The best kind of ping pong paddle for beginners

Ping pong paddles, (sometimes known as table tennis bats), are probably not something you’ve given a lot of thought to if you don’t really play. Of course, most of us have picked a ping pong paddle up at some point, perhaps while on vacation or at a friend’s house – and spent a few minutes batting ping pong balls across the table for fun, just using whatever bat was lying around. However, if you want to play more regularly then it’s best to buy yourself a couple of ping pong paddles.

Ping pong should be all about enjoyment and achievement – having fun and doing your best, so learning with the right equipment is crucial to avoid you losing heart and interest.

So what kind of ping pong paddle is the best choice for beginners?

There are quite serious differences between the kind of table tennis bat that is best for beginners, compared to the type which best suits a more experienced player, so here are some clues on what to look for to make sure you find a paddle offering the right amount of control and spin for someone new to it all.

  •         Lightweight – heavy bats will make it hard to get used to the standard strokes and movements.
  •         Comfortable handle – it needs to be the right size, not too small or too big.
  •         Rubber pimples facing out are better than paddles with the pimple facing in, as they make the entire surface of the paddle playable.
  •         The sponge between rubber is best at between 1 – 1.5mm for beginners.
  •         The rubber covering is best measuring in at between 1.5 – 1.7.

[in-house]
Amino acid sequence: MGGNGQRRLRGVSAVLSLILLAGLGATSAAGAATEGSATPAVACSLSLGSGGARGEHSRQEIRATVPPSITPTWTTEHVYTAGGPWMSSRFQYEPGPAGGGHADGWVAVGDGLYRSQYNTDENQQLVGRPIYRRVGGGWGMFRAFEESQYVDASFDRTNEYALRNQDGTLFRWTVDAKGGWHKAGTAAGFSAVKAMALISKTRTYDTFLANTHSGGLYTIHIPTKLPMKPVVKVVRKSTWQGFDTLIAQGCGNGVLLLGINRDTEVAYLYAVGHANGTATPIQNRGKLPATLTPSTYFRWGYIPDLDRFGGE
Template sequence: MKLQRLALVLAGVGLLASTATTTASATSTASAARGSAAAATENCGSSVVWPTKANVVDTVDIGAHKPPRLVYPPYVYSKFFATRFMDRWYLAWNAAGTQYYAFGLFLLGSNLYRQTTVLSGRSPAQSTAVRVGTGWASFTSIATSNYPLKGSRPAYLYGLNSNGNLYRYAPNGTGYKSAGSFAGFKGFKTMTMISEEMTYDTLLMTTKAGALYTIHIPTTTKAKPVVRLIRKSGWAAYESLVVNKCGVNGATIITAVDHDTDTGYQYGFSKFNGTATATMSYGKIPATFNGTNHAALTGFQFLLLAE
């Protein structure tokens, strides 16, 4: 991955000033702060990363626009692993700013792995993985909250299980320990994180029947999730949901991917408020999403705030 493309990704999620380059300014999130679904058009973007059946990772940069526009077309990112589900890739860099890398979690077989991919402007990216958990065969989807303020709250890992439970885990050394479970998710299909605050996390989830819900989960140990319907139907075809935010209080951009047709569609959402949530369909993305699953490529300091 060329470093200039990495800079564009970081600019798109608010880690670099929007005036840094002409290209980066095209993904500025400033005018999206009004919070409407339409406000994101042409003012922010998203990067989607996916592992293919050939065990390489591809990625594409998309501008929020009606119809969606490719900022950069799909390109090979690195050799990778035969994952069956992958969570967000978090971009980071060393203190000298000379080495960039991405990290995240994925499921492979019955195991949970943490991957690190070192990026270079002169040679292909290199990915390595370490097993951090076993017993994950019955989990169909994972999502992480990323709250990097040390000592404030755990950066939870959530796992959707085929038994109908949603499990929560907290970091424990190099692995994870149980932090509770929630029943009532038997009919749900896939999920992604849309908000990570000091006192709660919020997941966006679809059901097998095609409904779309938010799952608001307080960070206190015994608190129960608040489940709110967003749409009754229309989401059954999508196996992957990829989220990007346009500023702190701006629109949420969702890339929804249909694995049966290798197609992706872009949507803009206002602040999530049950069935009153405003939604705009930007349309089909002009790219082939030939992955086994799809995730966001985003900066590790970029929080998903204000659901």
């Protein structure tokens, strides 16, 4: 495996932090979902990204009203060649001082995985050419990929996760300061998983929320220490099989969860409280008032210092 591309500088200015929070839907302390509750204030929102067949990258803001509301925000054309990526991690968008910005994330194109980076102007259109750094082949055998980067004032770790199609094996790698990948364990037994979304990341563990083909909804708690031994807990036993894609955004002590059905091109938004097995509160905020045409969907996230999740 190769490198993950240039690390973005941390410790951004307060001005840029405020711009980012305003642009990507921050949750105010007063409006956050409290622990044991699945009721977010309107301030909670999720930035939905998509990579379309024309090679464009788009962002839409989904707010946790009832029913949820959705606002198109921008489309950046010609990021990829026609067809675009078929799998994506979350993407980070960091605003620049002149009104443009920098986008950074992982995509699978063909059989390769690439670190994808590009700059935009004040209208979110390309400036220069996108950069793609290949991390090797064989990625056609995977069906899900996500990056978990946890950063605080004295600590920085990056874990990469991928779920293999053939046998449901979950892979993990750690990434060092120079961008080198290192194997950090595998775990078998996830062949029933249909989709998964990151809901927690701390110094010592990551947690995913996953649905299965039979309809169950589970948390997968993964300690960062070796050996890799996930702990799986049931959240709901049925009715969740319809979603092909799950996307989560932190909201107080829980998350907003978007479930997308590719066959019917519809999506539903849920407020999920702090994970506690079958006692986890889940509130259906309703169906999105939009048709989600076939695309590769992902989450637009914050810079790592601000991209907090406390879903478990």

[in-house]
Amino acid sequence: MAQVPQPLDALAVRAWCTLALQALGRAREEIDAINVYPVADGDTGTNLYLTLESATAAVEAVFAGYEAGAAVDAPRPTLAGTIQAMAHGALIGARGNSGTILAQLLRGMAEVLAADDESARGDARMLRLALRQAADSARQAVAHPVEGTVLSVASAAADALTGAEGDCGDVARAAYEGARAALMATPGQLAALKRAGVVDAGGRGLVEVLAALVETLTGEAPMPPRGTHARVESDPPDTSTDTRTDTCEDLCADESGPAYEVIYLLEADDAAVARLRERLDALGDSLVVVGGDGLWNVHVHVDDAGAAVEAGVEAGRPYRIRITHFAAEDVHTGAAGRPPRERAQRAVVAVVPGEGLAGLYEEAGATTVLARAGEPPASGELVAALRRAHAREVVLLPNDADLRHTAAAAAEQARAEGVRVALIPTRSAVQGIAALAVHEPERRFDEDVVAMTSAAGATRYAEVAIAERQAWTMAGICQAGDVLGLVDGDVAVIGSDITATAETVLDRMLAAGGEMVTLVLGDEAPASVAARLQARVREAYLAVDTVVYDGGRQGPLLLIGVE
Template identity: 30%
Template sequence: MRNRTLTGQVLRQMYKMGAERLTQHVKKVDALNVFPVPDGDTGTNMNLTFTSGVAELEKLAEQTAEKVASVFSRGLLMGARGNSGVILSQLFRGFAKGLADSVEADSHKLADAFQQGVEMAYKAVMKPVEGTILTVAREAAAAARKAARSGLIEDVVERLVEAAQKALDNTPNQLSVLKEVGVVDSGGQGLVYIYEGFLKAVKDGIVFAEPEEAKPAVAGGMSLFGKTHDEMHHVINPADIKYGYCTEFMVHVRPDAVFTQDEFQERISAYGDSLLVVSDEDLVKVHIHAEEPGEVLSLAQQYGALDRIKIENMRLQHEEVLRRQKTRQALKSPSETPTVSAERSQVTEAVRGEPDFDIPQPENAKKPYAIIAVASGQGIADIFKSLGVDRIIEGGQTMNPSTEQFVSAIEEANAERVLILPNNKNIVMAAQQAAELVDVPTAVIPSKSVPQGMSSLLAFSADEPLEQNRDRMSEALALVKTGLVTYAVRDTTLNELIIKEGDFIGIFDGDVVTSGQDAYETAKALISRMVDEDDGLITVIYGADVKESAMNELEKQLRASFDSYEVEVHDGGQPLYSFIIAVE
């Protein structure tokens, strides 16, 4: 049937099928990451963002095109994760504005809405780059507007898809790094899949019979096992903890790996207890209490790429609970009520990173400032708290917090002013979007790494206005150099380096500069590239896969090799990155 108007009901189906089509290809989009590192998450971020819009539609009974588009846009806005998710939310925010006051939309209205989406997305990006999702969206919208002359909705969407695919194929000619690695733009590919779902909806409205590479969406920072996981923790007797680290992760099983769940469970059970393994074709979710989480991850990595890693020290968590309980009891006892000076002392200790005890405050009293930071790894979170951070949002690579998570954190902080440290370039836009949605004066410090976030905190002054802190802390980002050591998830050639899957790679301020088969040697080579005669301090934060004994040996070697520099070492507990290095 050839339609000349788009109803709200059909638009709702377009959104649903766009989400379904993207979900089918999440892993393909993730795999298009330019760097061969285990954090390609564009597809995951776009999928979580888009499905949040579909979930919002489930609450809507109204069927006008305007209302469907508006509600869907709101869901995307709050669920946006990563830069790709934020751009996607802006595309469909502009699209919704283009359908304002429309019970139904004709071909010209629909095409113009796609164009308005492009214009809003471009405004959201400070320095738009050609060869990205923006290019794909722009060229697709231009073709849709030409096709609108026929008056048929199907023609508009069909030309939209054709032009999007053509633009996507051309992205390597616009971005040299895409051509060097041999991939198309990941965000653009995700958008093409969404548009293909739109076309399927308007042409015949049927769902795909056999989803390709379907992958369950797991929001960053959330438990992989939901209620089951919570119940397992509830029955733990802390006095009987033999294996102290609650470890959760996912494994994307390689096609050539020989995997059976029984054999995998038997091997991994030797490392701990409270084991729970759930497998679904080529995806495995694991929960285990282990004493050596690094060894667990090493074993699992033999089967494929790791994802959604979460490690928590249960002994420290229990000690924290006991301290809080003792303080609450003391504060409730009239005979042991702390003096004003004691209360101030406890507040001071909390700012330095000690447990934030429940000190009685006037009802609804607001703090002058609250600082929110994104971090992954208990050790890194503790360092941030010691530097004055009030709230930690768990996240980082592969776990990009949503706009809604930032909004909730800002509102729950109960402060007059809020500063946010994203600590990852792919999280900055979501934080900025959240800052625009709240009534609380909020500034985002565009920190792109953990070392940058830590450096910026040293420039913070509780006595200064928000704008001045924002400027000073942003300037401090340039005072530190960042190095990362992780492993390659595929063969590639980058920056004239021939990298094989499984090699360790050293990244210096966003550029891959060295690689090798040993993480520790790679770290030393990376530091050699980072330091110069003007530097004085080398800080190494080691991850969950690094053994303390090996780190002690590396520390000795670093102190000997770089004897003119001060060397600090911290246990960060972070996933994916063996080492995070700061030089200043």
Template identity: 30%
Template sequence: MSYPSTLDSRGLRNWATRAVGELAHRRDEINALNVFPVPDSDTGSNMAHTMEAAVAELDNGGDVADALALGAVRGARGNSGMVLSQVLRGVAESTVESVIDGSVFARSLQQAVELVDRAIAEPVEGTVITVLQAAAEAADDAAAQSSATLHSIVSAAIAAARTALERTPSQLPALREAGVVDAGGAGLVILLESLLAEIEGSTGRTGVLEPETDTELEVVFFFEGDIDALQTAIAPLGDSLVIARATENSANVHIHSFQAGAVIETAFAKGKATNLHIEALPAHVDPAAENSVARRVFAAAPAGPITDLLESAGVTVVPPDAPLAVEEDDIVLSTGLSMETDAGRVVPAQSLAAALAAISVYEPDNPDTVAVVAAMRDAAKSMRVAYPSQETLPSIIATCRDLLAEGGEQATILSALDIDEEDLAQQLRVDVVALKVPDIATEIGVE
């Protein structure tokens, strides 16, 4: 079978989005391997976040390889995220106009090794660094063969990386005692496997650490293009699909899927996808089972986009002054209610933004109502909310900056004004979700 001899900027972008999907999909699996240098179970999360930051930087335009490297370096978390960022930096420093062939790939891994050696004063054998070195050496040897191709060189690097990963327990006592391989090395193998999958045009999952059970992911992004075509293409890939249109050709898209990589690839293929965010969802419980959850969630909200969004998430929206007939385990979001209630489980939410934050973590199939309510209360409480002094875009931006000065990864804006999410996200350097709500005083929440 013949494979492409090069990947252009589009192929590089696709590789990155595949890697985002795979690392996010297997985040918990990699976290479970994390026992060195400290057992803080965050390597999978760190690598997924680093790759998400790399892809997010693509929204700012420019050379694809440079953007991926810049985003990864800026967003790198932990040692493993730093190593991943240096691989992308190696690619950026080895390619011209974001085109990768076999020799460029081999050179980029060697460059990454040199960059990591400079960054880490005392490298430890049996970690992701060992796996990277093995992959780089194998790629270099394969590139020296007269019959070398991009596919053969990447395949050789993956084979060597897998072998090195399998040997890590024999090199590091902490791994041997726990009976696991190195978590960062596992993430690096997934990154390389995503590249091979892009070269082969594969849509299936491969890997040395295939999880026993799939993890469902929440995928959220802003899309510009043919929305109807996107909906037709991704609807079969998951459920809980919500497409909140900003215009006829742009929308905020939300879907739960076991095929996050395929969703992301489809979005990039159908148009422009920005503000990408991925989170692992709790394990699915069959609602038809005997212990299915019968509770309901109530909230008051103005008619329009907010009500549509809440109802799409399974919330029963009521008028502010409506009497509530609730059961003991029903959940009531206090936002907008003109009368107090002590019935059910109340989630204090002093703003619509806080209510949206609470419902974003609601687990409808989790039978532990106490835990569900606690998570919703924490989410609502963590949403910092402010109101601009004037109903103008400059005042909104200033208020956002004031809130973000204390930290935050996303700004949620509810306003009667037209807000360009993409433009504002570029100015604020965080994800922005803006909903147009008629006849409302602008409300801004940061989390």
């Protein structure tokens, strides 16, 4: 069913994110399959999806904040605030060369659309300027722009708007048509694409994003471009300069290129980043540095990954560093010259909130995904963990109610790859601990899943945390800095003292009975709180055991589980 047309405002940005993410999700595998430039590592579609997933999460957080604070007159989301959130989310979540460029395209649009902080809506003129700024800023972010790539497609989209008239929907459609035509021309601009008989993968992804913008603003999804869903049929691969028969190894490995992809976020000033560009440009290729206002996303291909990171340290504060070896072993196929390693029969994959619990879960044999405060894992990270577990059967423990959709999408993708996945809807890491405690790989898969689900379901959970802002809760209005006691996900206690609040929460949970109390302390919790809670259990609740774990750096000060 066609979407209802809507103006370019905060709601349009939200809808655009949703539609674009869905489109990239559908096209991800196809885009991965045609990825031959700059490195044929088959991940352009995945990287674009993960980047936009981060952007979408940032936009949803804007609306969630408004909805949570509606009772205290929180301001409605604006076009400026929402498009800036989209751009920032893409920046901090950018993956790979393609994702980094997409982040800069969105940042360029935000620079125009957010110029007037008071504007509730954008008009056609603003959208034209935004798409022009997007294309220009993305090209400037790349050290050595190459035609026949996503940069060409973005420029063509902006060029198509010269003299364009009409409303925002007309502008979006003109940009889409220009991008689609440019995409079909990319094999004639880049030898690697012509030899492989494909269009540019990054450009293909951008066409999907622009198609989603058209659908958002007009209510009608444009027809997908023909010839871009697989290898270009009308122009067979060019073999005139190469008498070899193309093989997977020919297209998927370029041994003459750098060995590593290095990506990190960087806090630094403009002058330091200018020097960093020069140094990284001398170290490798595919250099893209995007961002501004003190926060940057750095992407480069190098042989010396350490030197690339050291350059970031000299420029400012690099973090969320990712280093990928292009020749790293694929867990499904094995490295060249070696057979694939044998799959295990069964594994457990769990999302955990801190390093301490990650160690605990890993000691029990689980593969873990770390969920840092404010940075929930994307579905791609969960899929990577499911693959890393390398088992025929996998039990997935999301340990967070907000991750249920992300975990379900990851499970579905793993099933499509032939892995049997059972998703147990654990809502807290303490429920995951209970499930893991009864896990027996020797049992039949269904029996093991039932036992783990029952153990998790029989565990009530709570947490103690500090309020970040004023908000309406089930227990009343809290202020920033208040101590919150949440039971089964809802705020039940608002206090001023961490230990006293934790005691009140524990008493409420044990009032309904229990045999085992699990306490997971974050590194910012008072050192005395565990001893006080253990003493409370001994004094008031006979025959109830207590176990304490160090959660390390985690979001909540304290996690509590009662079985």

•         A price point of around $20-30 is considered perfectly adequate for a beginners ping pong paddle. Go cheaper and you risk buying a product which will be pretty useless, make you develop bad techniques and generally cause you to lose interest in learning.
  •         Speed. A medium speed ping pong paddle is best for beginners as it will help keep the balls in play, and allow for the right amount of control while still generating a decent enough spin- whether that’s from the top, side, or back of the paddle. Look for a bat with medium speed blades and rubbers.
  •         Pre-assembled. These are always the best way to go as a ping pong beginner.
  •         Buy fresh! That may sound like a strange instruction or a ping pong paddle, after all, it’s not like it’s fresh meat or fruit, but even so, they can start to lose their quality if wrapped in plastic and left on shelves for a long time. This is why it’s best to buy your ping pong paddle from a source where many others do too, reducing the risk of being sold something which has started rotting in the bag, so is already past its best when you come to own it.

A decent beginner’s bat will last a year or two before you need to start looking again, but dedicated ping pong paddle sites will help guide you at all stages of your bat buying journey.

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